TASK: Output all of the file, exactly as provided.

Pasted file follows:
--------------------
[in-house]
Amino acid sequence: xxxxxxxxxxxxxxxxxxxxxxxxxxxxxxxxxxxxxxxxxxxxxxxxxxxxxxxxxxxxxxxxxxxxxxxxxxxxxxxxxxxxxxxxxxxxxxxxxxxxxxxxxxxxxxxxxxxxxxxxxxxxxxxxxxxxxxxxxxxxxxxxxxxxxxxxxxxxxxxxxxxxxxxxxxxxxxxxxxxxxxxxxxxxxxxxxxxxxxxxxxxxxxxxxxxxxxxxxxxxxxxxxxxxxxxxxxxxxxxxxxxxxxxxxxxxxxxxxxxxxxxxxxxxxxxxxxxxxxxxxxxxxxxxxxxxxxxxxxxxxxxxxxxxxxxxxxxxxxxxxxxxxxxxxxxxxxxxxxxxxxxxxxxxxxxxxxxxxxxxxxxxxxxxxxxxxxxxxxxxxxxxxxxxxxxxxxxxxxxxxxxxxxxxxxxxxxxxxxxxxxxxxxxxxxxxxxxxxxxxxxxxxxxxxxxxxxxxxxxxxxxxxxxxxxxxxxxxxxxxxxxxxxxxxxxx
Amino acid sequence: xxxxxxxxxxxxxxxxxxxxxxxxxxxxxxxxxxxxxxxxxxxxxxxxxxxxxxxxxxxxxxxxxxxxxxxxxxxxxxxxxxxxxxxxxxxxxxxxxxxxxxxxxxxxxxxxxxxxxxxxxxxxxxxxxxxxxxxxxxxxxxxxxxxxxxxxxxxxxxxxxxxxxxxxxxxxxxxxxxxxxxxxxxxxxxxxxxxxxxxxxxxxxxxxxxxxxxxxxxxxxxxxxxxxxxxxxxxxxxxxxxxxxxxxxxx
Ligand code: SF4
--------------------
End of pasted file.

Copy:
[in-house]
Amino acid sequence: xxxxxxxxxxxxxxxxxxxxxxxxxxxxxxxxxxxxxxxxxxxxxxxxxxxxxxxxxxxxxxxxxxxxxxxxxxxxxxxxxxxxxxxxxxxxxxxxxxxxxxxxxxxxxxxxxxxxxxxxxxxxxxxxxxxxxxxxxxxxxxxxxxxxxxxxxxxxxxxxxxxxxxxxxxxxxxxxxxxxxxxxxxxxxxxxxxxxxxxxxxxxxxxxxxxxxxxxxxxxxxxxxxxxxxxxxxxxxxxxxxxxxxxxxxxxxxxxxxxxxxxxxxxxxxxxxxxxxxxxxxxxxxxxxxxxxxxxxxxxxxxxxxxxxxxxxxxxxxxxxxxxxxxxxxxxxxxxxxxxxxxxxxxxxxxxxxxxxxxxxxxxxxxxxxxxxxxxxxxxxxxxxxxxxxxxxxxxxxxxxxxxxxxxxxxxxxxxxxxxxxxxxxxxxxxxxxxxxxxxxxxxxxxxxxxxxxxxxxxxxxxxxxxxxxxxxxxxxxxxxxxxxxxxxxxx
Amino acid sequence: xxxxxxxxxxxxxxxxxxxxxxxxxxxxxxxxxxxxxxxxxxxxxxxxxxxxxxxxxxxxxxxxxxxxxxxxxxxxxxxxxxxxxxxxxxxxxxxxxxxxxxxxxxxxxxxxxxxxxxxxxxxxxxxxxxxxxxxxxxxxxxxxxxxxxxxxxxxxxxxxxxxxxxxxxxxxxxxxxxxxxxxxxxxxxxxxxxxxxxxxxxxxxxxxxxxxxxxxxxxxxxxxxxxxxxxxxxxxxxxxxxxxxxxxxxx
Ligand code: SF4